I‘m reading a book titled The Second Mountain, by New York Times columnist David Brooks. I’m intrigued by his concept of a “second mountain” in our lives. Brooks asserts that climbing our first mountain means completing our education, starting a career and becoming financially independent.
He was certainly successful in scaling his first mountain. As a journalist, he rose to the top of his profession. He married and started a family. But he stumbled into a valley. His professional achievements didn’t satisfy him. His 27-year marriage fell apart and he lost close friendships due to the course of his career path.
Many of us found ourselves stuck in valleys after the Great Recession. We were forced to climb our first mountain all over again. We hustled to restore our finances. We had to re-invent ourselves and start new careers. It’s exhausting and felt like we were on an endless treadmill.
One-third of older Americans are planning to work the rest of their lives, at least part-time. Twenty percent of Americans over 65 are still in the workforce. Why? They fear they won’t have enough money to retire. They need health insurance. Those are valid concerns, but personally I’m sick of working.
My wife and I have had jobs since we were 15. That’s not unusual but enough is enough. I got sick of detective work 20 years ago but couldn’t walk away from the money. Now I’ve made a decision. When my detective license expires next spring, I’m not renewing it. I’ve had a good run but after 56 years of E.F. Rice Co., it’s time to call it a day.
I don’t fear the financial consequences, but I am worried that my days could become empty. That’s why I’m encouraged by the concept of climbing a “second mountain.” It won’t be so much about seeking personal pleasure but promoting collective happiness. The second mountain is about giving to others and to the community at large.
There are already plenty of people climbing their second mountain in Forest Park. They’re helping others, either behind the scenes, or through organizations. Some of them may be older adults, but there’s no age requirement for starting the climb. I meet young people who already have these priorities. As Brooks pointed out, some people climb their second mountain first.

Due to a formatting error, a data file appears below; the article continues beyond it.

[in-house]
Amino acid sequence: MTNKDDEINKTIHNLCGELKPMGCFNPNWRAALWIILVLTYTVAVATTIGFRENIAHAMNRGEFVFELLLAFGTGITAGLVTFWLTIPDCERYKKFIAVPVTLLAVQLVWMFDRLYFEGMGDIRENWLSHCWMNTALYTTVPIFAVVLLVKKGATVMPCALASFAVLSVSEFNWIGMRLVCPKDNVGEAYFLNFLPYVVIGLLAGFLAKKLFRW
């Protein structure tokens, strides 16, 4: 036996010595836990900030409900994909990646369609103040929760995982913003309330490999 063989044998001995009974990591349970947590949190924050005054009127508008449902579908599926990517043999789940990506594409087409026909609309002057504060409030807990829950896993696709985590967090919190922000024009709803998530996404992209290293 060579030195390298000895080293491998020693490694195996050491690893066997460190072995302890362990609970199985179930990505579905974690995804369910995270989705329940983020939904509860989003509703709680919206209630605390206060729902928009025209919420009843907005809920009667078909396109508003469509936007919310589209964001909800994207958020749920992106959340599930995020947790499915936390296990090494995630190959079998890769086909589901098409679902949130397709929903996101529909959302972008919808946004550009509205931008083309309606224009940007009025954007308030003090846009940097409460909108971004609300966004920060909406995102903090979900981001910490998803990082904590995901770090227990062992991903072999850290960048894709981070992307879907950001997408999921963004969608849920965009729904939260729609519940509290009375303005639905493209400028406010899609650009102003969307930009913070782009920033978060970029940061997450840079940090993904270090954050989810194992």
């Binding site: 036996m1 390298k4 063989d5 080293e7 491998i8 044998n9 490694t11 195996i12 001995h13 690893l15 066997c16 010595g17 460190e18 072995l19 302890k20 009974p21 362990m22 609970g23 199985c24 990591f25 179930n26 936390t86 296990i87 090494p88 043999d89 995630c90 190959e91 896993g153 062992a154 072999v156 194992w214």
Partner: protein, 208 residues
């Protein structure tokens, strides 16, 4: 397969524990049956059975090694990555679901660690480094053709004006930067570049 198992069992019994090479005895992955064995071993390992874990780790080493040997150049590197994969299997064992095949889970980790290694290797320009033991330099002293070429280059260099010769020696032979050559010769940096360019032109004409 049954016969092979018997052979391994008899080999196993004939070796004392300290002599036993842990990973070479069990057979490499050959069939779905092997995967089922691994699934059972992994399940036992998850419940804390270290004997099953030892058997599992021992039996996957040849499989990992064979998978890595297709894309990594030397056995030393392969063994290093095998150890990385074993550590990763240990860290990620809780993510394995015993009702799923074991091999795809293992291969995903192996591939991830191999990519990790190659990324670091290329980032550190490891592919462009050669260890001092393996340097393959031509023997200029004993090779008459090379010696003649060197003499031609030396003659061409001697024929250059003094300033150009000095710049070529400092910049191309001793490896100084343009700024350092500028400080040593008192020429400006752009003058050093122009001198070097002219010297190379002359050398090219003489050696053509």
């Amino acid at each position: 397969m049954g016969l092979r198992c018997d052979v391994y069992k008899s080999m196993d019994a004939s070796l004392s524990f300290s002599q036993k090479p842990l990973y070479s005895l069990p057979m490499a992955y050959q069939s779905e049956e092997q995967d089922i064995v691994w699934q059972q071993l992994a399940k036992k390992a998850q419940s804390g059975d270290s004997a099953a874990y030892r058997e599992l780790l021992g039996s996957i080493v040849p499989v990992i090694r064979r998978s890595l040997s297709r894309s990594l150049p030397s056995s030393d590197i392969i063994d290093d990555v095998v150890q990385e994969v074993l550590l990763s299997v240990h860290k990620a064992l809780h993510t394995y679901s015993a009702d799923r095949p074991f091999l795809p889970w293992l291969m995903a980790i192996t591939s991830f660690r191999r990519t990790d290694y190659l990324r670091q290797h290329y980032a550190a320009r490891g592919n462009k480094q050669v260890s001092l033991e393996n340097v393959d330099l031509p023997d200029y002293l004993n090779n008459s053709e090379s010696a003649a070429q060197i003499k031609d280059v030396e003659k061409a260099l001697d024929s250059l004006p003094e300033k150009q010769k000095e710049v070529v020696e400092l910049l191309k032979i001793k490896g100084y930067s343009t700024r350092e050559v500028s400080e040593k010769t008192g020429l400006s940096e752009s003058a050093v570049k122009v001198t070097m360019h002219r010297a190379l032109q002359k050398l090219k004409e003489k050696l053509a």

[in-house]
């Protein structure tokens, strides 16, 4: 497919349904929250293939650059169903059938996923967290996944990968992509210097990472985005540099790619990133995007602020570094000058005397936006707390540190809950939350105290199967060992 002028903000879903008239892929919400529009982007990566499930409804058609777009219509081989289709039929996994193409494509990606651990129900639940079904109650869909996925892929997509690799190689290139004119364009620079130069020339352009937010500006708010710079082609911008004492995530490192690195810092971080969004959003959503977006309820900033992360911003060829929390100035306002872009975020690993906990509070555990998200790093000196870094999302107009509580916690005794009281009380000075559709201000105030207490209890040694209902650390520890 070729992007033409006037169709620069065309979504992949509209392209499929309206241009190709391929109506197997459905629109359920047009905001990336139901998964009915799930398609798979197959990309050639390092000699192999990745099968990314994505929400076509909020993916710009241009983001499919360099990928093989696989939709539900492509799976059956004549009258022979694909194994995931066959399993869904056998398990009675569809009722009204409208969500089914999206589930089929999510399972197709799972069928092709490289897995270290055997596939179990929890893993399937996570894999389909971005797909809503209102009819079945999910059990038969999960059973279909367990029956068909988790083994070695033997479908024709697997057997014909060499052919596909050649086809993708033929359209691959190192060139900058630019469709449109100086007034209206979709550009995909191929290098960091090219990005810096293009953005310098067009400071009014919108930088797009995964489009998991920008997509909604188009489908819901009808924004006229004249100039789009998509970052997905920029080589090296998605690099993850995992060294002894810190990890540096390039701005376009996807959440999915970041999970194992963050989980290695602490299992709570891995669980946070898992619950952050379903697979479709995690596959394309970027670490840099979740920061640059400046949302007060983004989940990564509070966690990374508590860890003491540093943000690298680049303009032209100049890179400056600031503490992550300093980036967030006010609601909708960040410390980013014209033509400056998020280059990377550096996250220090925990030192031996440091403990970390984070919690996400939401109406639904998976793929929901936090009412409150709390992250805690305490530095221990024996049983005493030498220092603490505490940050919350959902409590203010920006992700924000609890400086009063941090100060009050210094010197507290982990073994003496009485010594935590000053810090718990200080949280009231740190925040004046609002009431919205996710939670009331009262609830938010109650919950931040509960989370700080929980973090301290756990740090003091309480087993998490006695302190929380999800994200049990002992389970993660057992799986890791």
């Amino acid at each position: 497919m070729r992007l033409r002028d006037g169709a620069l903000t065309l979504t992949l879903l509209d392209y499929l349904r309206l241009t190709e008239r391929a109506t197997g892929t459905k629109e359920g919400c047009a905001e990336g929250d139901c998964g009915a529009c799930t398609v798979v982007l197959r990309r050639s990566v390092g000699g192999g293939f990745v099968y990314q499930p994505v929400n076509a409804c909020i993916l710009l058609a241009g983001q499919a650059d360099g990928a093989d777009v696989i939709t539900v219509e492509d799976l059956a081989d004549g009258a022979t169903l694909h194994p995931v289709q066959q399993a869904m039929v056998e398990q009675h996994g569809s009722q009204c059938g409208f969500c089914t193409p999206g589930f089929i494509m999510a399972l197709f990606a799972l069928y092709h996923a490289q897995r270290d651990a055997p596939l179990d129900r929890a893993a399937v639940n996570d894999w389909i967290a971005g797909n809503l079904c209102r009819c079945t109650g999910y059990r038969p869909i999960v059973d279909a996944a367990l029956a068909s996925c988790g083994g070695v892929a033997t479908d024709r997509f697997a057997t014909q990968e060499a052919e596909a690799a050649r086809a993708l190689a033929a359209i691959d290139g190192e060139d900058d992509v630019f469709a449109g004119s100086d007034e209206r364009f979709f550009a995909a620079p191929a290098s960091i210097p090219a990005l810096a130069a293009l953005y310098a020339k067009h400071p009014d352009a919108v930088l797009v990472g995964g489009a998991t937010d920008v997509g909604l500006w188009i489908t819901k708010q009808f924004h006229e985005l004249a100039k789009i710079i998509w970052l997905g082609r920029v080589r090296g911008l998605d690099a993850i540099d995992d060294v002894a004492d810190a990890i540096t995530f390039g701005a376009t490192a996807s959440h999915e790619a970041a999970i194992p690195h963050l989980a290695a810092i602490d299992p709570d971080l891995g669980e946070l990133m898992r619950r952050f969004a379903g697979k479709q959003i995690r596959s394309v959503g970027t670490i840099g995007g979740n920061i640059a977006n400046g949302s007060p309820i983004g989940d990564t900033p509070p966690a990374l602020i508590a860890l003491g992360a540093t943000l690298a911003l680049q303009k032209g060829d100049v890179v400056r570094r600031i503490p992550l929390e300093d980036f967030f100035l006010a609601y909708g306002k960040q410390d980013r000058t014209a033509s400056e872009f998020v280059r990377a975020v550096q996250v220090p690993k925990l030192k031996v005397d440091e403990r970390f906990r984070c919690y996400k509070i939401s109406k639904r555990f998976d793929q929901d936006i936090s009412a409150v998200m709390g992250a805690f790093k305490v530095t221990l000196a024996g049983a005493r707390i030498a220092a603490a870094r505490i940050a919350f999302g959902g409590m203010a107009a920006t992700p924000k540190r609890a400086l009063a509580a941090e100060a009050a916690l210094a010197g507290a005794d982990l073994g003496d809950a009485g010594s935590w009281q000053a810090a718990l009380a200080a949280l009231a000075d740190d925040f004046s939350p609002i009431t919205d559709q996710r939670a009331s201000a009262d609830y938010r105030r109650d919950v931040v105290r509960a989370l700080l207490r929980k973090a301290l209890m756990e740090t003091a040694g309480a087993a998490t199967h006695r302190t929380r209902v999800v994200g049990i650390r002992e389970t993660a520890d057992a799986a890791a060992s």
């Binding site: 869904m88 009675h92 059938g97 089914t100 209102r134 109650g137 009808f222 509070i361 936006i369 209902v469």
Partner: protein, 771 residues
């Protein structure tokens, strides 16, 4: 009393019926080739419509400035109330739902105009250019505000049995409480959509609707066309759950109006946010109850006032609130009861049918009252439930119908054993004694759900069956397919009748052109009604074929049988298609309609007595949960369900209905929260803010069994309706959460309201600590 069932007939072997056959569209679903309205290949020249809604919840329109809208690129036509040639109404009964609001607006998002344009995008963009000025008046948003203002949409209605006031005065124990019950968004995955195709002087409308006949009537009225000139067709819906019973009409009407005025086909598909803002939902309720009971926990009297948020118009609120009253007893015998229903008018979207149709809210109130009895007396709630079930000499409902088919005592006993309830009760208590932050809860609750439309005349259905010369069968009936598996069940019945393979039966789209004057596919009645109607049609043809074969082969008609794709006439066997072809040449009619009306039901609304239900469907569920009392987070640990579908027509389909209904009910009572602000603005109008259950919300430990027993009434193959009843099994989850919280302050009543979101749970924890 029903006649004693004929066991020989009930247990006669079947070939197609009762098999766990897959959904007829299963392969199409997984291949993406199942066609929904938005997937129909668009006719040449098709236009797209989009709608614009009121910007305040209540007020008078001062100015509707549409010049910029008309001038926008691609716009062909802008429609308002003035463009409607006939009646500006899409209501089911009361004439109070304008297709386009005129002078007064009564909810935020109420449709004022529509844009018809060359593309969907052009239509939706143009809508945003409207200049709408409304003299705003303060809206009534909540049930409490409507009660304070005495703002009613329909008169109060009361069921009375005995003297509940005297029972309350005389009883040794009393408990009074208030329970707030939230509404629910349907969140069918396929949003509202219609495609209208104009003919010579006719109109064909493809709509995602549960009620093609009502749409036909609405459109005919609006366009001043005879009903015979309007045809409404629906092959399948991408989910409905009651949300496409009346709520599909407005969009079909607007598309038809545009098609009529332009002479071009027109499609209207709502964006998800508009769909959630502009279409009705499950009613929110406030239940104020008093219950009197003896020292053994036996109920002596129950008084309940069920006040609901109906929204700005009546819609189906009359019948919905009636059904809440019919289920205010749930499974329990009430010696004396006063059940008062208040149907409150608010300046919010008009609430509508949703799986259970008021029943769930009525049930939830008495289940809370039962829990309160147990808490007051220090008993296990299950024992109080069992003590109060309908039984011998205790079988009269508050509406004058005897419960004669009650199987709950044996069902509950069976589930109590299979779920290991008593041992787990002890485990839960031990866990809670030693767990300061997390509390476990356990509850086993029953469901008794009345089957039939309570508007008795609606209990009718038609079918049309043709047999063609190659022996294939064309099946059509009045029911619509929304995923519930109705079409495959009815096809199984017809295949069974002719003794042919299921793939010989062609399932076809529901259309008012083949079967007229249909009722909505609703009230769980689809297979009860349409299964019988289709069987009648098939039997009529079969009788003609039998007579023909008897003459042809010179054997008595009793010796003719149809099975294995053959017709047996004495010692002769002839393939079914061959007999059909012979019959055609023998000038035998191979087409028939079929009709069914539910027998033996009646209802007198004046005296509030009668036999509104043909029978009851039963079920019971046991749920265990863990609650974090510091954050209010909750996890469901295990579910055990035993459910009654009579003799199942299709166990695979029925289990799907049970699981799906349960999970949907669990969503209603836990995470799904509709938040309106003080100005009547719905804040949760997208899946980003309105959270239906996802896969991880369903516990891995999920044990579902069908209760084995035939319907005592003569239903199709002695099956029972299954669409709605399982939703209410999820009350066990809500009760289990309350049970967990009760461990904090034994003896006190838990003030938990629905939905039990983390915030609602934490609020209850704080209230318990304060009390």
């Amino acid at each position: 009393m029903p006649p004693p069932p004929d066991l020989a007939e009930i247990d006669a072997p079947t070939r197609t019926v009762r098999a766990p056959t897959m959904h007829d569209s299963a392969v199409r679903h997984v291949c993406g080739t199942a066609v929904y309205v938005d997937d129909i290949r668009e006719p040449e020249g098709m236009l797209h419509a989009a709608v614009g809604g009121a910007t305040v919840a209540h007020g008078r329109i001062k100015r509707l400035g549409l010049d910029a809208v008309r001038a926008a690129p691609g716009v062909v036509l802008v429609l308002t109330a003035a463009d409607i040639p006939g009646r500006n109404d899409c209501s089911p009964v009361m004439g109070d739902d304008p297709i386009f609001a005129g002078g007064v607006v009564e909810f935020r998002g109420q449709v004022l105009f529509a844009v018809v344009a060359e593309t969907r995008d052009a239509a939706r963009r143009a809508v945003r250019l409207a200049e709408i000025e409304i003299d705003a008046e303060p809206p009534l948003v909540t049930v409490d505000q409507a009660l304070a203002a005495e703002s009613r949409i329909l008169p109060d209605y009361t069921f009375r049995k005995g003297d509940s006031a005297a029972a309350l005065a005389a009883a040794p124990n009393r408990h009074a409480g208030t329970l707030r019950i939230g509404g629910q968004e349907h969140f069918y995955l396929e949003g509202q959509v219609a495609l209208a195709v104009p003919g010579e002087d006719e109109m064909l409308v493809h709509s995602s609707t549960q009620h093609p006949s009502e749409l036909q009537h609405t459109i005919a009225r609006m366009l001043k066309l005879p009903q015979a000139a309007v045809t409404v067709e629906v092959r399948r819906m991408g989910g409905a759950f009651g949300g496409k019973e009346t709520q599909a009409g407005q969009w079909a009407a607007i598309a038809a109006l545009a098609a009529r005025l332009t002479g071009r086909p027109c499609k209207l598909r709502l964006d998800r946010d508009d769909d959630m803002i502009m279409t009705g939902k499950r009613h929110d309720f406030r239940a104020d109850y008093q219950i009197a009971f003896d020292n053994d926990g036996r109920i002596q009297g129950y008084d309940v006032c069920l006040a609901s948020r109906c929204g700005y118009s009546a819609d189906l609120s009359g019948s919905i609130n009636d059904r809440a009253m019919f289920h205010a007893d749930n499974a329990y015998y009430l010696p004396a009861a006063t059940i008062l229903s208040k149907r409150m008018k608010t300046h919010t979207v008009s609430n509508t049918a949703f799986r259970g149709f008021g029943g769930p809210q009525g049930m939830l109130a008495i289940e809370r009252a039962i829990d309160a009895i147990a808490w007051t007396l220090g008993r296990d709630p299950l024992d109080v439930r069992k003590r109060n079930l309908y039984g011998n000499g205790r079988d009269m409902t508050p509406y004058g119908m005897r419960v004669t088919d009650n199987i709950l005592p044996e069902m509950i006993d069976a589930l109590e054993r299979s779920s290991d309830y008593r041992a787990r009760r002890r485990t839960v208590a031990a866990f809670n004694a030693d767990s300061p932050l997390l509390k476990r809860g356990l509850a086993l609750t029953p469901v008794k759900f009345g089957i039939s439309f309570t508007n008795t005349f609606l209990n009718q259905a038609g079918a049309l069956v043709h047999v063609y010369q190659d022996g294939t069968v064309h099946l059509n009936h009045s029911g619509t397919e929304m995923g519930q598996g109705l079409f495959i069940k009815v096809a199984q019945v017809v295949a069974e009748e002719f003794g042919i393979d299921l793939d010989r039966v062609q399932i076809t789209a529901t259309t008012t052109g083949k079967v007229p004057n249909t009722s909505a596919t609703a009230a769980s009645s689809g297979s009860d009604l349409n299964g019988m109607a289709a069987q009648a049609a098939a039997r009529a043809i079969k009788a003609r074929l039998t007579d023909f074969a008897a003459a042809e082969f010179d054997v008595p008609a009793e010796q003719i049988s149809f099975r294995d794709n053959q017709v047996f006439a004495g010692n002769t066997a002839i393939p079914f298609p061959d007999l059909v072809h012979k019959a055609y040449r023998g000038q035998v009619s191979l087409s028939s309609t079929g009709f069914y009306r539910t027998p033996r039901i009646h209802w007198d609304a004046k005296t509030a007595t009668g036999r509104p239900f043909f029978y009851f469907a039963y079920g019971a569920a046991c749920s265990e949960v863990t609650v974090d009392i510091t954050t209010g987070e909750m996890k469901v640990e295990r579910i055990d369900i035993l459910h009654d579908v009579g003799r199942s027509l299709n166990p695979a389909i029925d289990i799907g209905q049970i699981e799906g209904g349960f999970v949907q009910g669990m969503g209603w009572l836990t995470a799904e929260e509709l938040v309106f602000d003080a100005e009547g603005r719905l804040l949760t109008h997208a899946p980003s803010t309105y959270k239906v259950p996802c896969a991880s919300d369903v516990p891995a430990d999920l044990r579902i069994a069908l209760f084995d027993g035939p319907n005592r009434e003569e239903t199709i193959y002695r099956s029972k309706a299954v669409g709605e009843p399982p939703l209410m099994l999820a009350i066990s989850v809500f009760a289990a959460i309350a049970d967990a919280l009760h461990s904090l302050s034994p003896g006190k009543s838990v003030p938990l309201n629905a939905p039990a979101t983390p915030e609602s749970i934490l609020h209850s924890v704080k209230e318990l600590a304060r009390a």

I believe our village is climbing a second mountain. Our new leaders have a fresh vision for Forest Park. The old models are no longer working.
We started out as a gritty railroad town. Then we became a sleepy suburb of shot-and-a-beer saloons. Next, we revitalized our strip of bars and restaurants, to compete commercially with other towns. But we can no longer be the “watering hole of the western suburbs.”
We reached a fork in the road with video gambling. I believe we took the right path by banning it. Gaming didn’t personally bother me. It just didn’t fit with our vision for a new Forest Park. We can attract newcomers by focusing on making Forest Park more family-friendly. We can’t go back to the old ways of appealing to drinkers and gamblers.
While finding ways to help Forest Park on this climb, I also intend a personal climb. I’m going to find ways to volunteer, join community-minded organizations, and promote local causes.
I do have one tangible idea: paint that rusty railroad overpass on Desplaines. I casually mentioned this to Mayor Hoskins and he immediately asked, ‘What color?’ I’m thinking forest green, maybe with the village logo, or a welcome sign. We’re no longer a gritty railroad town, so we need to stop looking like one.
John Rice is a columnist/private detective, who has seen his business and family thrive in Forest Park. He thoroughly enjoys life in the village and still gets a thrill smelling Red Hots, watching softball and strolling through cemeteries. Jrice1038@aol.com